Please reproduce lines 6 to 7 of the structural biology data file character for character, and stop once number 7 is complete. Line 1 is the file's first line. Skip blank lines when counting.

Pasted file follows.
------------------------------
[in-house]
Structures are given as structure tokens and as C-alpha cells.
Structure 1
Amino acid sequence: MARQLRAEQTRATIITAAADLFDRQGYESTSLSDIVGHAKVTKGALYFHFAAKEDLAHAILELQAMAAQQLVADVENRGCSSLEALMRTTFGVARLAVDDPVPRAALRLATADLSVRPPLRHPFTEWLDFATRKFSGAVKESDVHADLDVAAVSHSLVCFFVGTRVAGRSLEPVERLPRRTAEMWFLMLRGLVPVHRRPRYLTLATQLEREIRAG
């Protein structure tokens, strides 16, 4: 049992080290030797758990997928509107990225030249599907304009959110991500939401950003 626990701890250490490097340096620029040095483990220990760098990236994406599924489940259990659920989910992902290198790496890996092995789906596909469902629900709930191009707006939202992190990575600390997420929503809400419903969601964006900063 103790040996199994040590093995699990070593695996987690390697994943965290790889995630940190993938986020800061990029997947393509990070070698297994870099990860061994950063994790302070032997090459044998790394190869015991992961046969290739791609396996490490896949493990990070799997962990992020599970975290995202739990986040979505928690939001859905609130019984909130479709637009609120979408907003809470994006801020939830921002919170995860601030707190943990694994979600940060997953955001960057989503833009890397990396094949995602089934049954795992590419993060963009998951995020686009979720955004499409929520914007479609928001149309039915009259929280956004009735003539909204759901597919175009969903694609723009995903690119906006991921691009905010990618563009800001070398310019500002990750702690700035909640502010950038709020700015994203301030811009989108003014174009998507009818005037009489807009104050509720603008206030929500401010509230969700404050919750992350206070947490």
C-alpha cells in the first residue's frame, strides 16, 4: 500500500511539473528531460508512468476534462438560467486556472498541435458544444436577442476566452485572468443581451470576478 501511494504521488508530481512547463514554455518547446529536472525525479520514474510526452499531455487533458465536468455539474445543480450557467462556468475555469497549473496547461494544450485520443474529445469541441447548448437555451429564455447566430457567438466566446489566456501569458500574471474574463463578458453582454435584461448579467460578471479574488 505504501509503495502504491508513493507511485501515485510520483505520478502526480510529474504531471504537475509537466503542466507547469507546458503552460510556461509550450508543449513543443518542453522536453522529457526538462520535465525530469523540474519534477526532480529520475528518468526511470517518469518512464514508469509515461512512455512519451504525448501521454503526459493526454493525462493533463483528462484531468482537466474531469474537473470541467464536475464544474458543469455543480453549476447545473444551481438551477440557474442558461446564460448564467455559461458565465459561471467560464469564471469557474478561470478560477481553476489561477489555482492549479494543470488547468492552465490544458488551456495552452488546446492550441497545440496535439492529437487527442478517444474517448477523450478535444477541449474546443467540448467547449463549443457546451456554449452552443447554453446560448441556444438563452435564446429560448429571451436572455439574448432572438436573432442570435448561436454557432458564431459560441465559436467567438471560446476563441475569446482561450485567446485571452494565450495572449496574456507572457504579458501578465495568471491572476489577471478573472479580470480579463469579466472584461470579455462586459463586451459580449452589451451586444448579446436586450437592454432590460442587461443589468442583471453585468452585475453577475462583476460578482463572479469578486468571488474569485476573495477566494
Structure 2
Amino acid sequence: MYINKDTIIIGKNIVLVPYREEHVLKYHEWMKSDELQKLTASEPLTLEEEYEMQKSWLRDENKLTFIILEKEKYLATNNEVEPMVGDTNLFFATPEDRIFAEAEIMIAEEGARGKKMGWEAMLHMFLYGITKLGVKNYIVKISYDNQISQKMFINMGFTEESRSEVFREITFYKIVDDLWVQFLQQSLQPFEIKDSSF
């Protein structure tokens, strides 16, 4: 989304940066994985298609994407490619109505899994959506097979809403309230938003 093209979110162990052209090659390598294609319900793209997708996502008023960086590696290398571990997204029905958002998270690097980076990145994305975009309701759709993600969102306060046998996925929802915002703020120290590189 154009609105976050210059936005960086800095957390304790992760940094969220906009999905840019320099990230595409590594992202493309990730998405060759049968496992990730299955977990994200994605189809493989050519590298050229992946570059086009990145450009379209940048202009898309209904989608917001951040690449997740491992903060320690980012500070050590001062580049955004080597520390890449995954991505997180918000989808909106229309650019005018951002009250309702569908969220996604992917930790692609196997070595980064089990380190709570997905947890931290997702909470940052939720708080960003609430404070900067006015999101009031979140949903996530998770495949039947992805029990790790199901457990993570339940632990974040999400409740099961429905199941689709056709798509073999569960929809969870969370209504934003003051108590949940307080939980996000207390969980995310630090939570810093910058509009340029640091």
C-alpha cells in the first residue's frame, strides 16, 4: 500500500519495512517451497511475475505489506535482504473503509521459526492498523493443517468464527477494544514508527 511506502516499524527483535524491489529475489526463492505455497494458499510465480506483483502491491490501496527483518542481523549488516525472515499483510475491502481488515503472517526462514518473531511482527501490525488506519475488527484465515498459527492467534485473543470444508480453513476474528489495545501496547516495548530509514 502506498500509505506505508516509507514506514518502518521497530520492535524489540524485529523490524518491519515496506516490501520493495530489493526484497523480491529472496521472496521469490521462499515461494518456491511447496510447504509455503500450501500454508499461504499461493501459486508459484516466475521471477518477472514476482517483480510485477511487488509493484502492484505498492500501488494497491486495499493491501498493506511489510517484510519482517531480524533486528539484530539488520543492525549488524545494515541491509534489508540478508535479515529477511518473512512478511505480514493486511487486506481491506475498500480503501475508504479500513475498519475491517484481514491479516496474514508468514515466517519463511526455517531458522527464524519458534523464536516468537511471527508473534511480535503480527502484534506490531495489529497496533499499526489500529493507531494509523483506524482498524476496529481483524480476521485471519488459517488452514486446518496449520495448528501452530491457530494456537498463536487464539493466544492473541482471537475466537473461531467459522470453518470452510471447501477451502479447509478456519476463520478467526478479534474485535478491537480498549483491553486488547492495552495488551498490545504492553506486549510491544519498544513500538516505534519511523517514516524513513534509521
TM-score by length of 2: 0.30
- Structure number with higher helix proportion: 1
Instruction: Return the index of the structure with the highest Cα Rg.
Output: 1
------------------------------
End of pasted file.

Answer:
C-alpha cells in the first residue's frame, strides 16, 4: 500500500511539473528531460508512468476534462438560467486556472498541435458544444436577442476566452485572468443581451470576478 501511494504521488508530481512547463514554455518547446529536472525525479520514474510526452499531455487533458465536468455539474445543480450557467462556468475555469497549473496547461494544450485520443474529445469541441447548448437555451429564455447566430457567438466566446489566456501569458500574471474574463463578458453582454435584461448579467460578471479574488 505504501509503495502504491508513493507511485501515485510520483505520478502526480510529474504531471504537475509537466503542466507547469507546458503552460510556461509550450508543449513543443518542453522536453522529457526538462520535465525530469523540474519534477526532480529520475528518468526511470517518469518512464514508469509515461512512455512519451504525448501521454503526459493526454493525462493533463483528462484531468482537466474531469474537473470541467464536475464544474458543469455543480453549476447545473444551481438551477440557474442558461446564460448564467455559461458565465459561471467560464469564471469557474478561470478560477481553476489561477489555482492549479494543470488547468492552465490544458488551456495552452488546446492550441497545440496535439492529437487527442478517444474517448477523450478535444477541449474546443467540448467547449463549443457546451456554449452552443447554453446560448441556444438563452435564446429560448429571451436572455439574448432572438436573432442570435448561436454557432458564431459560441465559436467567438471560446476563441475569446482561450485567446485571452494565450495572449496574456507572457504579458501578465495568471491572476489577471478573472479580470480579463469579466472584461470579455462586459463586451459580449452589451451586444448579446436586450437592454432590460442587461443589468442583471453585468452585475453577475462583476460578482463572479469578486468571488474569485476573495477566494
Structure 2